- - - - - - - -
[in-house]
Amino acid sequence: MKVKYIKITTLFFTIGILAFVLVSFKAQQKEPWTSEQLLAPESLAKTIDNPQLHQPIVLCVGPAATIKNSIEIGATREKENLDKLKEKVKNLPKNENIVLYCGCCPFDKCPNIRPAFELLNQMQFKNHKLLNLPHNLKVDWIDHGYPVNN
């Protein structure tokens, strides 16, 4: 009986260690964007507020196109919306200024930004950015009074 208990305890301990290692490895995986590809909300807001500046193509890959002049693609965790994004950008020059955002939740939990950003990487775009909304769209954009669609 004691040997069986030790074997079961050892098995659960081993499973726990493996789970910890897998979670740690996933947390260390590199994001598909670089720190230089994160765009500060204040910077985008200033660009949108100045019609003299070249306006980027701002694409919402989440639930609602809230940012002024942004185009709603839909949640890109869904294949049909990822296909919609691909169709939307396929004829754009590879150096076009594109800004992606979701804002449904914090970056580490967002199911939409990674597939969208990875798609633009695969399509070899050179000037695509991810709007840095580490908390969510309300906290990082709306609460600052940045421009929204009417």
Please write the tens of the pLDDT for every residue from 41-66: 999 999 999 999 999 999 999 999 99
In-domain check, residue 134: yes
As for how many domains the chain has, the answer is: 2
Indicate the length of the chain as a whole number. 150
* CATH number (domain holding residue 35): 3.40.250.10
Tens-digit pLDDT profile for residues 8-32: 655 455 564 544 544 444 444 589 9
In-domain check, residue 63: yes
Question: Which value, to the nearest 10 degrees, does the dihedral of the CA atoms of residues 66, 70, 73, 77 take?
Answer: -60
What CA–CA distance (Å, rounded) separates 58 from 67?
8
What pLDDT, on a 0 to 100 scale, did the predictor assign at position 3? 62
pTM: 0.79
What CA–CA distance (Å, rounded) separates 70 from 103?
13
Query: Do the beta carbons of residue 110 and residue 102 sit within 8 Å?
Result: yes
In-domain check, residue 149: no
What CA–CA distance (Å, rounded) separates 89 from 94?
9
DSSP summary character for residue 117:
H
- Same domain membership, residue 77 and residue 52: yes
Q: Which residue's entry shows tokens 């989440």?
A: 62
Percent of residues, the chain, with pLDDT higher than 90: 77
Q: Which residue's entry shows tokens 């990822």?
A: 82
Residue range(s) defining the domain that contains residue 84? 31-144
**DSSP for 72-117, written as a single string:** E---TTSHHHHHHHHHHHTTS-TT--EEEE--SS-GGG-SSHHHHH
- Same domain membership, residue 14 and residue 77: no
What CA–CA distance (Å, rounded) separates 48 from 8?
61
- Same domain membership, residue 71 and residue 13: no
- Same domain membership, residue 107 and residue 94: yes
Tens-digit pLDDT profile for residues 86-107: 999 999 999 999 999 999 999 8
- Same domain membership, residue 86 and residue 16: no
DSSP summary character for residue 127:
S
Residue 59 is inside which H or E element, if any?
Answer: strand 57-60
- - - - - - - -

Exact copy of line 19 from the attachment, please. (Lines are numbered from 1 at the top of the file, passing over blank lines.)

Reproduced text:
Query: Do the beta carbons of residue 110 and residue 102 sit within 8 Å?